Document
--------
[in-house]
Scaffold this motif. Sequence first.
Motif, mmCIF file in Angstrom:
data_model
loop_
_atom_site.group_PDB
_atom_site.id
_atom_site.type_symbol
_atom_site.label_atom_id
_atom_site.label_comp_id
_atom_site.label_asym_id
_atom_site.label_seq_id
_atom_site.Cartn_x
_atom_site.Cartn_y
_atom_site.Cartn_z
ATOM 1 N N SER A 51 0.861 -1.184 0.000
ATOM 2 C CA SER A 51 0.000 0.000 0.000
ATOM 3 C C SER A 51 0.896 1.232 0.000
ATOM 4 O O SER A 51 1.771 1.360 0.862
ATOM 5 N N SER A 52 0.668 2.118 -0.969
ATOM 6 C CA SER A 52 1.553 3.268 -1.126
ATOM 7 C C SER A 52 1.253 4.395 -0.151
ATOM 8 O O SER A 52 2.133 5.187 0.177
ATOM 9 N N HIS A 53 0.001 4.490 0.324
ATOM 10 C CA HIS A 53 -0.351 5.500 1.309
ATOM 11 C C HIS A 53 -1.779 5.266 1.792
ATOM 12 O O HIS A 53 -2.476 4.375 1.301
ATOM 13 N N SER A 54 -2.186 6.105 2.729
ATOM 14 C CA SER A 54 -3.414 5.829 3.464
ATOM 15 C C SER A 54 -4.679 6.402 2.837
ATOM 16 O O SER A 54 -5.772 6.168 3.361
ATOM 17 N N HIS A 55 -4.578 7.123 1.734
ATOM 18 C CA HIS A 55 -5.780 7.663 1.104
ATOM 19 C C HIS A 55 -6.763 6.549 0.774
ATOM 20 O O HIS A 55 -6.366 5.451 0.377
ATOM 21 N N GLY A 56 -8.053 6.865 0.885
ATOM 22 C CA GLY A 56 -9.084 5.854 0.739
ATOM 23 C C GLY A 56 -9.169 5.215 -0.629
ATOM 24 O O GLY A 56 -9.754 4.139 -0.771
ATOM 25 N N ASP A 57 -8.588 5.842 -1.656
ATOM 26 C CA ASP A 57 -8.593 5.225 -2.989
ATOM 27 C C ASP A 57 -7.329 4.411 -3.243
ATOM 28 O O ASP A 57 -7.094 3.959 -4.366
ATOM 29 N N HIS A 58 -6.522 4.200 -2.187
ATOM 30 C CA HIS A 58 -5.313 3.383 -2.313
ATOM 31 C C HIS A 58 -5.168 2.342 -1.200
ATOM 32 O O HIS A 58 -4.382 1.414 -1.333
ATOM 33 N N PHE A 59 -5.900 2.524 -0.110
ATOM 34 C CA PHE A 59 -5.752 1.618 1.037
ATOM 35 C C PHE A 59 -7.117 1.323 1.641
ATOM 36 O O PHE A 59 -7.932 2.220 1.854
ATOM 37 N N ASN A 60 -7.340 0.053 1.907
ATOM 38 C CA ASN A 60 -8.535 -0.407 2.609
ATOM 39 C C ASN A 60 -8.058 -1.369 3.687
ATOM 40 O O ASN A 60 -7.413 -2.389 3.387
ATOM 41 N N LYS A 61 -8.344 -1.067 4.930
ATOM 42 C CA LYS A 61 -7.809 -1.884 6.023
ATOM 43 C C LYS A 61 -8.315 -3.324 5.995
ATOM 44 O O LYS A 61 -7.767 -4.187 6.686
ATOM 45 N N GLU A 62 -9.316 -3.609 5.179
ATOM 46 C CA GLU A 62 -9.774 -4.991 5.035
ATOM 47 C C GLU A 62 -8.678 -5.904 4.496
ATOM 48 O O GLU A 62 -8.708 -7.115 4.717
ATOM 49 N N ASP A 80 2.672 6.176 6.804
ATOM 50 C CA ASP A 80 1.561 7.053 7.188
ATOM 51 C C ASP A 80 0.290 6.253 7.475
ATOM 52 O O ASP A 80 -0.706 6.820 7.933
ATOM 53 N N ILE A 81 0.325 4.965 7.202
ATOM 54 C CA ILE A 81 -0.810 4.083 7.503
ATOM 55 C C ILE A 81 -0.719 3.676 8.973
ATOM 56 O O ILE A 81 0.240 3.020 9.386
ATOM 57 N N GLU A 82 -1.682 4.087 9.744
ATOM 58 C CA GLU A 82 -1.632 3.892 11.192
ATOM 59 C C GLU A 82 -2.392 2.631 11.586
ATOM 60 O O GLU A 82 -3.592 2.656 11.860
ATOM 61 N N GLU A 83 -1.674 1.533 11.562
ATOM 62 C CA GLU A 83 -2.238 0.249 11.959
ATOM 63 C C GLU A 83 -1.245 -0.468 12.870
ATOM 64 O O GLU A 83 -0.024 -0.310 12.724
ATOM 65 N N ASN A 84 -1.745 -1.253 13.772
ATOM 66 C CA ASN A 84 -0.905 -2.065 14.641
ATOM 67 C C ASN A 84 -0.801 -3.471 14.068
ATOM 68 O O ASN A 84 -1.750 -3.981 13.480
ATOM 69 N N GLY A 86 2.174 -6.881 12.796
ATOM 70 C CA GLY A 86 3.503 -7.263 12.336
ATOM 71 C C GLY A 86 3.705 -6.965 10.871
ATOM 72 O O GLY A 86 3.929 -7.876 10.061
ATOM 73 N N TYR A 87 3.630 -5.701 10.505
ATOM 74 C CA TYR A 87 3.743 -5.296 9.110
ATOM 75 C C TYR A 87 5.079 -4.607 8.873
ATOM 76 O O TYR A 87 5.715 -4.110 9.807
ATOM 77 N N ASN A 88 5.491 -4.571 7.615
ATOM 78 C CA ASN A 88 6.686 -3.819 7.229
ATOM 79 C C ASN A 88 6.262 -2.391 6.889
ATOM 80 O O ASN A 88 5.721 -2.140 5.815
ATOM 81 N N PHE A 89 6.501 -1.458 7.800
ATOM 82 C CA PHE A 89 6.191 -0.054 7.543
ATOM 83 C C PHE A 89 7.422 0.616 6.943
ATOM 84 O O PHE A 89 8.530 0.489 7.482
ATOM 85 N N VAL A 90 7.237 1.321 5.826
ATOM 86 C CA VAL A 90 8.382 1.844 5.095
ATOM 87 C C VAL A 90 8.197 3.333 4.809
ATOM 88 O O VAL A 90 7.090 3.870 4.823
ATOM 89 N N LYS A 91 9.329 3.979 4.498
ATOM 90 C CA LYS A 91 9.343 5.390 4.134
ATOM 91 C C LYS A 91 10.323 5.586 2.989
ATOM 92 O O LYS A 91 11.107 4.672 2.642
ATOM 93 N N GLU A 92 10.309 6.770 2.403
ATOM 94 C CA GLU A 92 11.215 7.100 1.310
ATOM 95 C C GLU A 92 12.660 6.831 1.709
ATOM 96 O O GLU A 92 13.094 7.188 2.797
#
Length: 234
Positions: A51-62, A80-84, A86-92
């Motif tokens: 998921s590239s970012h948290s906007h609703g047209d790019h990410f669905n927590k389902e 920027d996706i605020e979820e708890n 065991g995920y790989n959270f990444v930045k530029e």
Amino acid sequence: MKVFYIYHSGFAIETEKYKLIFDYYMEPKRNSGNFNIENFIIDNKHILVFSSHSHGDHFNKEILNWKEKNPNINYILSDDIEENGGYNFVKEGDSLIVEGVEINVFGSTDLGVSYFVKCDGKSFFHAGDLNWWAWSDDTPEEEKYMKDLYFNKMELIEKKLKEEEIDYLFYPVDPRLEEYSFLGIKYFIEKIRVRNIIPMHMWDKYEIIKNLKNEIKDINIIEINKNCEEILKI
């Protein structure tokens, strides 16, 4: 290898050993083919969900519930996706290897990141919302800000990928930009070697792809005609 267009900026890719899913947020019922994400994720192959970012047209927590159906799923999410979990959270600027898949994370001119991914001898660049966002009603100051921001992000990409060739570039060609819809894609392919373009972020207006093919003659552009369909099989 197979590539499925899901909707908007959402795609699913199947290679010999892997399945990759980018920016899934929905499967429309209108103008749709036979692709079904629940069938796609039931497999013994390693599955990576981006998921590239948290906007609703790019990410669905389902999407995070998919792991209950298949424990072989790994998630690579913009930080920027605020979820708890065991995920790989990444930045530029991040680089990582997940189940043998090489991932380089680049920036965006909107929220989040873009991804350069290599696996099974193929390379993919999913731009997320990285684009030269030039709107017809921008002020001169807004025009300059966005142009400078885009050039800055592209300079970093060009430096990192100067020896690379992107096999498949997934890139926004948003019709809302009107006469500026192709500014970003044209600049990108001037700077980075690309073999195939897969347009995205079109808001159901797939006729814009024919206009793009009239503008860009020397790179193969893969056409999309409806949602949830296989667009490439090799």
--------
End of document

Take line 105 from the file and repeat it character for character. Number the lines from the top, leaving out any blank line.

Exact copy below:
ATOM 90 C CA LYS A 91 9.343 5.390 4.134